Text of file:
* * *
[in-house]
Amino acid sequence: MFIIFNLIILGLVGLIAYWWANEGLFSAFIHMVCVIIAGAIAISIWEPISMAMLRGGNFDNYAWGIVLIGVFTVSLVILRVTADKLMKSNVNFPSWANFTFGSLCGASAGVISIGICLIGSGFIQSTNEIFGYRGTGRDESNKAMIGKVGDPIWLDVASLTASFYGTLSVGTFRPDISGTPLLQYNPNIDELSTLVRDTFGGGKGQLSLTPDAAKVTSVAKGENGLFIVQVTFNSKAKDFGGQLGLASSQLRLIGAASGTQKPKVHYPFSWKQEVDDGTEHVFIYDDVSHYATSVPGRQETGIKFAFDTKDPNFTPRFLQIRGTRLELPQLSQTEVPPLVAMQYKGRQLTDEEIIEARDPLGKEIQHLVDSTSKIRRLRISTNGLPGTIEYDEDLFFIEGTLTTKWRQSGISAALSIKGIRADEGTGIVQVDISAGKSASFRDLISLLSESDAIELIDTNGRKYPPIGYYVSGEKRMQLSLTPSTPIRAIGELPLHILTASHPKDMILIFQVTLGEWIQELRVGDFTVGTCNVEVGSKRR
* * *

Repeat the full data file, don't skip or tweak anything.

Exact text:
[in-house]
Amino acid sequence: MFIIFNLIILGLVGLIAYWWANEGLFSAFIHMVCVIIAGAIAISIWEPISMAMLRGGNFDNYAWGIVLIGVFTVSLVILRVTADKLMKSNVNFPSWANFTFGSLCGASAGVISIGICLIGSGFIQSTNEIFGYRGTGRDESNKAMIGKVGDPIWLDVASLTASFYGTLSVGTFRPDISGTPLLQYNPNIDELSTLVRDTFGGGKGQLSLTPDAAKVTSVAKGENGLFIVQVTFNSKAKDFGGQLGLASSQLRLIGAASGTQKPKVHYPFSWKQEVDDGTEHVFIYDDVSHYATSVPGRQETGIKFAFDTKDPNFTPRFLQIRGTRLELPQLSQTEVPPLVAMQYKGRQLTDEEIIEARDPLGKEIQHLVDSTSKIRRLRISTNGLPGTIEYDEDLFFIEGTLTTKWRQSGISAALSIKGIRADEGTGIVQVDISAGKSASFRDLISLLSESDAIELIDTNGRKYPPIGYYVSGEKRMQLSLTPSTPIRAIGELPLHILTASHPKDMILIFQVTLGEWIQELRVGDFTVGTCNVEVGSKRR